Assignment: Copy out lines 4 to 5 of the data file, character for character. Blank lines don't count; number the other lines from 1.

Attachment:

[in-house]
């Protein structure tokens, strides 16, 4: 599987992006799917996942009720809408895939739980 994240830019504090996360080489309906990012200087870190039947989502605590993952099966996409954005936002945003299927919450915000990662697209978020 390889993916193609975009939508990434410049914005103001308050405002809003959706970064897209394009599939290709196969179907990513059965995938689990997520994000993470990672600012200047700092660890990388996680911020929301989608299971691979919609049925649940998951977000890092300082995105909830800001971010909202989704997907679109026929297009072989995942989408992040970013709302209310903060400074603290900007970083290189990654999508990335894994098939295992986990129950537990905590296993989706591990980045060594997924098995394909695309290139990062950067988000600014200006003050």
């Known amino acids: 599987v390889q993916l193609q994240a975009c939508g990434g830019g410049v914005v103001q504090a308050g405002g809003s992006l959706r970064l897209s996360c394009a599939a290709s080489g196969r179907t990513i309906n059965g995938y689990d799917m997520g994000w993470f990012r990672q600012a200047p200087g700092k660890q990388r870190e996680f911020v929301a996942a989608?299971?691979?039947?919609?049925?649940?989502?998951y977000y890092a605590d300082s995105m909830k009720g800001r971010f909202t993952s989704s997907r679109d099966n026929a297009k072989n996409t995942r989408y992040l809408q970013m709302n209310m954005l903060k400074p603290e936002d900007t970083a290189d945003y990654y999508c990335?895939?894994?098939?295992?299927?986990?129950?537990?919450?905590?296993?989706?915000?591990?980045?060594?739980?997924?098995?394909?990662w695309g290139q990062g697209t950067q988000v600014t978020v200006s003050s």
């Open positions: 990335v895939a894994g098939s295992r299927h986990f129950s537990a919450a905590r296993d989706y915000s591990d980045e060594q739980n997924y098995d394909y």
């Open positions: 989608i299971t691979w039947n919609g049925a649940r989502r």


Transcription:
């Open positions: 990335v895939a894994g098939s295992r299927h986990f129950s537990a919450a905590r296993d989706y915000s591990d980045e060594q739980n997924y098995d394909y």
């Open positions: 989608i299971t691979w039947n919609g049925a649940r989502r």